Lawn violets adding color and fragrance to a still largely dormant lawn. I can understand why people consider this plant to be weedy, because it is, but I wouldn’t rank it in the same class as the bluegrass itself. In fact, I think I would much rather have a “lawn” of these violets than the grass. The denser patches give off their distinct and deep perfume in the early evening.

    When funny botanists become rhapsodic: a touching ode to another rare Utah plant, Caesalpinia repens. To quote a particularly poignant stretch of verse:

    Oh Caesalpinia repens!
    You are so beautiful, and so rare
    With your little bird of paradise flowers.
    And so imperiled at a G2 rating
    Your pinnate leaves unfurl in only 5 Utah counties
    So beautifully that Stan Welsh called you a
    “striking plant in the light of early morning”

    Oh Bureau of Land Management!
    You are such a wonderful government agency.
    A bureau so nice and careful and smart.
    You treat your valuable little plants so well
    Like when you closed the overused camping area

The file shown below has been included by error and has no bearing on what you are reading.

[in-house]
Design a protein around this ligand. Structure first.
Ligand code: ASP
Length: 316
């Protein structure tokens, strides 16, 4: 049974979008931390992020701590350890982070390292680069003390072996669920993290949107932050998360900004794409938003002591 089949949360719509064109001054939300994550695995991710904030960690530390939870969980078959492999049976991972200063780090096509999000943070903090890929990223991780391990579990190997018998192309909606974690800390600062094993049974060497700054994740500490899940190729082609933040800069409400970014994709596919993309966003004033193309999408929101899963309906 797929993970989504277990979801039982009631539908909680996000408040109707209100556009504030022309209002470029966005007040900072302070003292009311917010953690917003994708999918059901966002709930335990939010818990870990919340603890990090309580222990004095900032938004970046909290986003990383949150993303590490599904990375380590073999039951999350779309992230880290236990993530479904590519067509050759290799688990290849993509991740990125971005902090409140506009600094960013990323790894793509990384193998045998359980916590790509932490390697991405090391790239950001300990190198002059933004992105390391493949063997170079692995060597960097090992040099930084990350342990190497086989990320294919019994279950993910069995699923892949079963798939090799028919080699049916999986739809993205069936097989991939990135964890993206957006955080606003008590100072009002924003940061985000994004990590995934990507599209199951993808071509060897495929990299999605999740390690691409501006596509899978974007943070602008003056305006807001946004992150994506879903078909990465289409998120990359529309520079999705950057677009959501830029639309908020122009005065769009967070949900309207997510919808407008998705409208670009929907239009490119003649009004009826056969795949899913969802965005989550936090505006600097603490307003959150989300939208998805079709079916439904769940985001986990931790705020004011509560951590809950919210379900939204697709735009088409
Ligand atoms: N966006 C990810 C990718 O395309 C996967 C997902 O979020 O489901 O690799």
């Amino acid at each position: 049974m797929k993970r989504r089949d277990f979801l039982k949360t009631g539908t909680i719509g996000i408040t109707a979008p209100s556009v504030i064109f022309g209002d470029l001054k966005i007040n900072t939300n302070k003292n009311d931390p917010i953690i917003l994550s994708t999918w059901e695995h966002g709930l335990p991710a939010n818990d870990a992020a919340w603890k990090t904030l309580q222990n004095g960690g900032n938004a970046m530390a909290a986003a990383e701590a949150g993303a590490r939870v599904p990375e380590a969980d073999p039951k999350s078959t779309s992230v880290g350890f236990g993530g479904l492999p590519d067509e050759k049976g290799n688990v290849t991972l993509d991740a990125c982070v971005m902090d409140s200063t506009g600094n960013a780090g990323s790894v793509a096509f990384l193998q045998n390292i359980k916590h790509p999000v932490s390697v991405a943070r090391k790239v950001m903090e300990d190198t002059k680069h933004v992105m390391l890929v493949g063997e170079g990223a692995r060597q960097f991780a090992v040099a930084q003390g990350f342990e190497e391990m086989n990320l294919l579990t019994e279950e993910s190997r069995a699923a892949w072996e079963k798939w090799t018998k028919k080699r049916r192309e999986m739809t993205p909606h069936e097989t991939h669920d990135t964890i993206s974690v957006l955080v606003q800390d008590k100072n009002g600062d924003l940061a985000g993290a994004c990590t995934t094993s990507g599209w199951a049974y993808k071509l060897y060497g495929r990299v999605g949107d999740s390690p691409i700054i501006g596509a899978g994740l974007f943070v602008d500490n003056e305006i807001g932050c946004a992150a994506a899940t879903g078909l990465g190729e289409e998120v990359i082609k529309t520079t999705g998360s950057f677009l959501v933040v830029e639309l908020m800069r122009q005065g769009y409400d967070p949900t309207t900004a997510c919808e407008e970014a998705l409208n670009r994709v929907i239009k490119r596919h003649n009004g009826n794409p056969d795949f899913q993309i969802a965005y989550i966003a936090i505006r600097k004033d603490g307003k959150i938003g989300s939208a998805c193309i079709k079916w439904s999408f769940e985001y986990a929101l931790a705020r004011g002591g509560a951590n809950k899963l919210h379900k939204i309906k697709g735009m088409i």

And moved it across the road
    To where the rare little Caesalpinias are.

    The blog at doesn’t seem to be posted to much anymore, and it is a bit academic, but it’s loaded with gems like this.

    A post for cactiphiles: Echinocereus triglochidiatus var. mojavensis in the wild, Great Salt Lake, Utah. Notice in the third photo how the large clump’s center is dying out. Yet another example of how seeing plants is superior to seeing them in gardens. I will try to revisit these colonies when they are in bloom.

    My favorite early bloomer, Ranunculus andersonii spring pics from Saturday afternoon on Stansbury Island on the Great Salt Lake. The flowers emerge more white and deepen in their pink color as they age in this population. I almost always find the flowers in northern exposures among the outcrops of tufa and quartzite. My favorite colony wasn’t as spectacular this year as cows have severely trampled their area this winter. Always worth the trip.

    Astragalus holmgreniorum (Holmgren's milkvetch) Astragalus montii (Heliotrope milkvetch) Pediocactus winkleri (Winkler's pincushion cactus) Asclepias welshii (Welsh's milkweed)

    More rare, endangered Utah native plants via USFWS Mountain Prairie on Flickr. Holmgren’s milkvetch, Heliotrope milkvetch, Winkler’s pincushion cactus, and Welsh’s milkweed. Scroll over the captions for botanical IDs+common names.